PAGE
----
Veterans Receive New Services At Annual Aid Event

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William Levy waits to try on a pair of boots supplied by a Nelsonville-based company. The free boots were offered at this year's Central Ohio Homeless Veterans Stand Down. The "Stand Down" offers free services such as health screenings and legal advice to homeless and low-income veterans.(Photo: Mandie Trimble, WOSU News Reporter)
William Levy waits to try on a pair of boots supplied by a Nelsonville-based company. The free boots were offered at this year's Central Ohio Homeless Veterans Stand Down. The "Stand Down" offers free services such as health screenings and legal advice to homeless and low-income veterans.(Photo: Mandie Trimble, WOSU News Reporter)

Homeless and low-income veterans received help yesterday at the 18th Central Ohio Homeless Veterans Stand Down held at the Franklin County Veterans’ Memorial. WOSU reports on two new offerings at this year’s event.

“You want to try a bigger size?” a volunteer asks a veteran who sits in front of stacks of Rocky Brand shoe boxes.

There were few boots to go around for homeless and low-income vets at last year’s “Stand Down.” Rocky Brands’ Liz Horn said the Buckeye Military Moms reached out to the Nelsonville-based company for help.

“They were here last year and there were about 350 veterans that came through and they only had three pairs of boots.”

Horn said her company brought about 500 pairs of boots. By lunchtime half were gone.

One pair went to William Levy who served in the Army from 1968 to 1971 during the Vietnam War.

“I don’t have the money to spend that kind of money on boots or shoes. So I get cheap tennis shoes and that keeps me going,” Levy said. “But this means a whole lot to me because winter time, I’m not sure where I’m going to be this year so having a set of boots that will keep me going means all the world to me.”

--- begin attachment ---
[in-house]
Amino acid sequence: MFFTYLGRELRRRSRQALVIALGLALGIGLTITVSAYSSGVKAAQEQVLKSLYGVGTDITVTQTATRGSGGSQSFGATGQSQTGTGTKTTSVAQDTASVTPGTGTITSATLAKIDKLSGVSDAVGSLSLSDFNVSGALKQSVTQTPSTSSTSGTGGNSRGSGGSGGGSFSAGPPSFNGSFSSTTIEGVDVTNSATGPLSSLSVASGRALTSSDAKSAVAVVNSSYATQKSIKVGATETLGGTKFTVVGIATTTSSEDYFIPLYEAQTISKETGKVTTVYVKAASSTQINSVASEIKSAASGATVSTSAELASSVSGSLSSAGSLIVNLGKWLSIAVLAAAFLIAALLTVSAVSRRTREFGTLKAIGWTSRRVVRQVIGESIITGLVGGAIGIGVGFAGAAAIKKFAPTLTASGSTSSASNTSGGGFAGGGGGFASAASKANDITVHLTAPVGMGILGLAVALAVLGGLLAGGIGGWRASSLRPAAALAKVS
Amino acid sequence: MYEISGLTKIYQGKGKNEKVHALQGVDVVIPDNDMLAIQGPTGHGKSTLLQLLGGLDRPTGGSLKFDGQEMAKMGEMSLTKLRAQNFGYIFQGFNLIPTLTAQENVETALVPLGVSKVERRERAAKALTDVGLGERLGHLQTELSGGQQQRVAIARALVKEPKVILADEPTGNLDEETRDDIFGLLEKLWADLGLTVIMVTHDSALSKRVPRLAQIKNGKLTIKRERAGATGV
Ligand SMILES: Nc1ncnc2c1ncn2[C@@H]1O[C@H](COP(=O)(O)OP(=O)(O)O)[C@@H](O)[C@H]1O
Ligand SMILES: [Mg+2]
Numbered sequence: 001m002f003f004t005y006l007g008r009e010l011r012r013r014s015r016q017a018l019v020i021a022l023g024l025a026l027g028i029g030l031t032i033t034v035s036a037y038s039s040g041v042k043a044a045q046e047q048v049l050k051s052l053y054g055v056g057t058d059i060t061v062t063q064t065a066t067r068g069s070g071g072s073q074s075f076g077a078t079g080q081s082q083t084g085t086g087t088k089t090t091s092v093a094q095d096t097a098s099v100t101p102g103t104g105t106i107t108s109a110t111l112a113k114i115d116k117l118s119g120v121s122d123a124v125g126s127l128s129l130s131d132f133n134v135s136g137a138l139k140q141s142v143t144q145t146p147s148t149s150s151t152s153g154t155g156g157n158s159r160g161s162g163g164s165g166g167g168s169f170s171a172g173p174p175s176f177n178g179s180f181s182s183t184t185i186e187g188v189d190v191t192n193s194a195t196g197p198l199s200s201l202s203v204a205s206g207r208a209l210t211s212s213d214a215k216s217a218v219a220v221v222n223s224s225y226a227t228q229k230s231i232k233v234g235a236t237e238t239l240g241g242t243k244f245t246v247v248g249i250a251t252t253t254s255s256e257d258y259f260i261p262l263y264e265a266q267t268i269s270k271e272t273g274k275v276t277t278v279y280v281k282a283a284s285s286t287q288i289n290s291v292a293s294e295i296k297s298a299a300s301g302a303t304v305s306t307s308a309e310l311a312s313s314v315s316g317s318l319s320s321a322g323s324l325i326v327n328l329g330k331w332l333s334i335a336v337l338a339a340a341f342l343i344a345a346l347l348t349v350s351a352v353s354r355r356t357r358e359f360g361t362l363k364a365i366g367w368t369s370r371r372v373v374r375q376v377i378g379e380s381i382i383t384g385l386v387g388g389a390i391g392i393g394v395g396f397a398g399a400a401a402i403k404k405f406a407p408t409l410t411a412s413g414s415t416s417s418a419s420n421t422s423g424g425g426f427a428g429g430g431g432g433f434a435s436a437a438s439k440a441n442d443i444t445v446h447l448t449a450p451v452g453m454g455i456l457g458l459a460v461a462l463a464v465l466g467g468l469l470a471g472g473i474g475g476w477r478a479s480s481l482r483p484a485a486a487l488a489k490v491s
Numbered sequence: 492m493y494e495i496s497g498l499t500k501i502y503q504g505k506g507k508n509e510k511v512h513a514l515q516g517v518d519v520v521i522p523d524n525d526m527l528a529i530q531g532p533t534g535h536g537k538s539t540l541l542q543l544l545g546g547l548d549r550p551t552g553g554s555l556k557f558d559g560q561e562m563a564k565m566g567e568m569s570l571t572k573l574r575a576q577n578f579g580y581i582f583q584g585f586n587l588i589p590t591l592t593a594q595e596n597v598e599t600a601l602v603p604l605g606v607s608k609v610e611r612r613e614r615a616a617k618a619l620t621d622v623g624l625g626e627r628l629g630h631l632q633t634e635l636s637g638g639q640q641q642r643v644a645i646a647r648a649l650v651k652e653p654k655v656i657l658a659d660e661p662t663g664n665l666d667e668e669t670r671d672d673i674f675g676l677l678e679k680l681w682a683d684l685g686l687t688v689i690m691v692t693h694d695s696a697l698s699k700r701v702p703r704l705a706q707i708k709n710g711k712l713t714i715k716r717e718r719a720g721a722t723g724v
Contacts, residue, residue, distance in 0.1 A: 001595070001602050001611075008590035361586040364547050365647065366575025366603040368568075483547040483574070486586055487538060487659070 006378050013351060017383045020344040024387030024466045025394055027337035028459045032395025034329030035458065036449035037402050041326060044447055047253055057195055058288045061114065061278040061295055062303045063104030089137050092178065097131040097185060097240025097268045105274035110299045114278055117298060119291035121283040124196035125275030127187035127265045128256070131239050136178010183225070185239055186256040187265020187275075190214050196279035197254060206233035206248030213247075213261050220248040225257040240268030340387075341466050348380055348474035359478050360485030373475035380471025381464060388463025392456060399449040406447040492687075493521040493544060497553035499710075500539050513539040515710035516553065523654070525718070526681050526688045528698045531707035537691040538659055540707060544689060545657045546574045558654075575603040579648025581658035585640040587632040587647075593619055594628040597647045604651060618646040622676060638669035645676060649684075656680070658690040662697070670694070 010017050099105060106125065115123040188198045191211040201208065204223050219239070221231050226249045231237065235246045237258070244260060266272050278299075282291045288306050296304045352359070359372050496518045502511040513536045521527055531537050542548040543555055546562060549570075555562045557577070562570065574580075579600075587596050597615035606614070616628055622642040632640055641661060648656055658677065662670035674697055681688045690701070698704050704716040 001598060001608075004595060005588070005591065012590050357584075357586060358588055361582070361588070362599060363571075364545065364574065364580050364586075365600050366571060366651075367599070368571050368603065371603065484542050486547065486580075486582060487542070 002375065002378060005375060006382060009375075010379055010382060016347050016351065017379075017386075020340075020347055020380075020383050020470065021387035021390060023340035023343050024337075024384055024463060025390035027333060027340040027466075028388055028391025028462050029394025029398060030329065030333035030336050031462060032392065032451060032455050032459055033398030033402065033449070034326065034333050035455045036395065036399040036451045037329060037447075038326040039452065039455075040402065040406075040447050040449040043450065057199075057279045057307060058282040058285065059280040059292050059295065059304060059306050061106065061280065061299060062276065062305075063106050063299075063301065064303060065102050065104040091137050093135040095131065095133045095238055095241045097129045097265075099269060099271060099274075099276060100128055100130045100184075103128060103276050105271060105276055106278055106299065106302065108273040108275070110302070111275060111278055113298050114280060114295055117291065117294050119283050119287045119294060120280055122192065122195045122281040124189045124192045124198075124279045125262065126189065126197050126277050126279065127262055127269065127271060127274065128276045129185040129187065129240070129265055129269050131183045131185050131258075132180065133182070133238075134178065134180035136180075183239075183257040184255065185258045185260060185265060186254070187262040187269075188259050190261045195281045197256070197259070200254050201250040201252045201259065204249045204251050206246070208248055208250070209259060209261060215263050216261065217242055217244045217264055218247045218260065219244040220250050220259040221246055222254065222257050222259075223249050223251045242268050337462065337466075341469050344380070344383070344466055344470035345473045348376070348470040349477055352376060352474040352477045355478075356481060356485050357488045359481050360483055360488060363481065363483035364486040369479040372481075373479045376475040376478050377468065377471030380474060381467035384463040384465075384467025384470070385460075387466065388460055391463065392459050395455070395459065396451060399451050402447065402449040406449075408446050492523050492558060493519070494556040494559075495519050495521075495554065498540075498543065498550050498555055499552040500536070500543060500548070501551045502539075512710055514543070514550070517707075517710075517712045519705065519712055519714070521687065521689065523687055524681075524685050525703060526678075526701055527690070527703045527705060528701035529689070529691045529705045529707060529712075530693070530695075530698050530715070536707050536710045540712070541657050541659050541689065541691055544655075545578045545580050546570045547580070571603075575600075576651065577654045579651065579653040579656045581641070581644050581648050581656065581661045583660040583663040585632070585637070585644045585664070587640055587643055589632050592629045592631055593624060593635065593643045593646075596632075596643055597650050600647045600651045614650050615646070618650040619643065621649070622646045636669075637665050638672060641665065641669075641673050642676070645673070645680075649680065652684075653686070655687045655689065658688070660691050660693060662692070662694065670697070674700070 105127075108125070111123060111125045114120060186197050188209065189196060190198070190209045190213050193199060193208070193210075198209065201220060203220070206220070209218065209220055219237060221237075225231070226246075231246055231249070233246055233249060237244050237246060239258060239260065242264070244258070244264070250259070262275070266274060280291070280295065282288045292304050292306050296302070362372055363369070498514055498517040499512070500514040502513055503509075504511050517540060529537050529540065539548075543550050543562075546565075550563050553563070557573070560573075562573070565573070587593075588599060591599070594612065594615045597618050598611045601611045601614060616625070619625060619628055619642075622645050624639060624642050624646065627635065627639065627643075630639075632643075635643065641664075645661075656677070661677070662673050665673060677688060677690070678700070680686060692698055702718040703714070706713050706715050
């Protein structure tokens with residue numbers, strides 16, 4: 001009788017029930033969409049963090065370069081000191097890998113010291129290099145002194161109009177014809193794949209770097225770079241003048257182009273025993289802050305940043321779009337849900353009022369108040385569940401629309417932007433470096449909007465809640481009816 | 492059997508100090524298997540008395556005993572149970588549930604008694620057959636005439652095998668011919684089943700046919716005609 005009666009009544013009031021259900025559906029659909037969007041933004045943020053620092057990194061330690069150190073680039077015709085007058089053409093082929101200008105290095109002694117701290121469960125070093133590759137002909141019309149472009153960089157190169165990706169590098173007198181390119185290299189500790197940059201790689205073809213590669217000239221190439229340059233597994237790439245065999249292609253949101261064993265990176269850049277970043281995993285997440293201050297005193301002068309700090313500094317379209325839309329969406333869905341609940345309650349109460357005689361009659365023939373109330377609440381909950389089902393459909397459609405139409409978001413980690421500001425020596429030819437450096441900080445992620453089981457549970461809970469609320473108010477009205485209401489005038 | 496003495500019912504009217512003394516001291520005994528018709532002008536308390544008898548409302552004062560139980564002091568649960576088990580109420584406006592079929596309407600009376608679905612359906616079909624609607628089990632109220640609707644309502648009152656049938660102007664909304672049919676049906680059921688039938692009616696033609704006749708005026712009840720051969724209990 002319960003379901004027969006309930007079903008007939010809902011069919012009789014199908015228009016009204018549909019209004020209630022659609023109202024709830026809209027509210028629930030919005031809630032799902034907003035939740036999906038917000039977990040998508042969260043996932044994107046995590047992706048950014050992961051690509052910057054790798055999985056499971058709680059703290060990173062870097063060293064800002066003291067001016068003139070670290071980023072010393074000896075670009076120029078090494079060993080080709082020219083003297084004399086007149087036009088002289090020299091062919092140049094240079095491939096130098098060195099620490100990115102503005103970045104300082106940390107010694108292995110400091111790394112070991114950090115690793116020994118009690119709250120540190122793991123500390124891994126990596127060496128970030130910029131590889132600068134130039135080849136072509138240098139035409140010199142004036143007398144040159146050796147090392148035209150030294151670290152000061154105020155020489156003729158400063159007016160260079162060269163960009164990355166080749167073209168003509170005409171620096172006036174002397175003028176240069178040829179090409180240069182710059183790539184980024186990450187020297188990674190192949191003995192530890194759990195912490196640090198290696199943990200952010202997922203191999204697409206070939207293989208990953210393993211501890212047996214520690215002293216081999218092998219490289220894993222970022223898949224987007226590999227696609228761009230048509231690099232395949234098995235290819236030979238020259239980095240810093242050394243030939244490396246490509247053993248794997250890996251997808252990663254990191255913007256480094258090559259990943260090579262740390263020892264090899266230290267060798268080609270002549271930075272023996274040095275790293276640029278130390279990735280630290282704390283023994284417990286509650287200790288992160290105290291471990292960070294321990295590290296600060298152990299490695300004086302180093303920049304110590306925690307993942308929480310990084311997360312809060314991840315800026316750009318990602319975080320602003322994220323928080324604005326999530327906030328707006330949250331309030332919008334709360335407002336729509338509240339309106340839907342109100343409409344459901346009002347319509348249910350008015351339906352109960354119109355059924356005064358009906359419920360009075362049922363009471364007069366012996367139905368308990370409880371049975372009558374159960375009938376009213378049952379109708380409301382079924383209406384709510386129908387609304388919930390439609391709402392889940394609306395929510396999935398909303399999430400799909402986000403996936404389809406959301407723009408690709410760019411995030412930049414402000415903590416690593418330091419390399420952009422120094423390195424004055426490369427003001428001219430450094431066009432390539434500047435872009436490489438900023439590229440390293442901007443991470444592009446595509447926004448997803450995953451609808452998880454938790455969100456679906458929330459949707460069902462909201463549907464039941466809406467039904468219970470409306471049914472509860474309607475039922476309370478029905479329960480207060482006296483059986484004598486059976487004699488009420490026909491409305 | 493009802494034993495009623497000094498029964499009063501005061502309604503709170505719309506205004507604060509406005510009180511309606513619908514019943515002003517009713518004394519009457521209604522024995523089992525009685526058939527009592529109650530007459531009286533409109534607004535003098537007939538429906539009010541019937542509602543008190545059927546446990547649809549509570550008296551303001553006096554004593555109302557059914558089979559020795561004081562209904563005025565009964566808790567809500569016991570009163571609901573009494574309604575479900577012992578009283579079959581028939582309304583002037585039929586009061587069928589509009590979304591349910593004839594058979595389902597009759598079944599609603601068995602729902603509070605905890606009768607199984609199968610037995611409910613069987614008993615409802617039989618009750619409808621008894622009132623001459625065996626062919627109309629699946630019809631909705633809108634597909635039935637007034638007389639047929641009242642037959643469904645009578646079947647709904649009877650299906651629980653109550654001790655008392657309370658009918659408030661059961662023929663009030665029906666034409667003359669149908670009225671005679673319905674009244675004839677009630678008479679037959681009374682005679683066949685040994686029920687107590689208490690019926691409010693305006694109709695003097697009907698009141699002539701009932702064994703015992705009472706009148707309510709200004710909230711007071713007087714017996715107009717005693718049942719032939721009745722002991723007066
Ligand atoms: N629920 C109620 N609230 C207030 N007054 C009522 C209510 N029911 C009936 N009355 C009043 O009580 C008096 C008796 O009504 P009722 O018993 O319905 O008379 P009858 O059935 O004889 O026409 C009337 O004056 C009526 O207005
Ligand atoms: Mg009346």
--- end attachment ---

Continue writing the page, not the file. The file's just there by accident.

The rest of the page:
But some veterans need more than boots. Others have legal issues that may be hindering them from getting housing or a job.

While “Stand Down” offers pro-bono lawyers to answer legal questions, this year, they had Franklin County Municipal Court Judges who could resolve minor criminal offenses, an extension of the county’s veterans’ court.

Franklin County Court special docket coordinator Andrea Boxill said not everyone will see a judge.

“They’re asking questions about expungement, about what happens ‘if,’” she said. “The judge is going to see those who say, ‘yeah, I have an outstanding warrant and I want to take care of it.’”

In addition to the two new services, this year’s “Stand Down” offered free food, health screenings, vaccines, clothes, toiletries, and haircuts.

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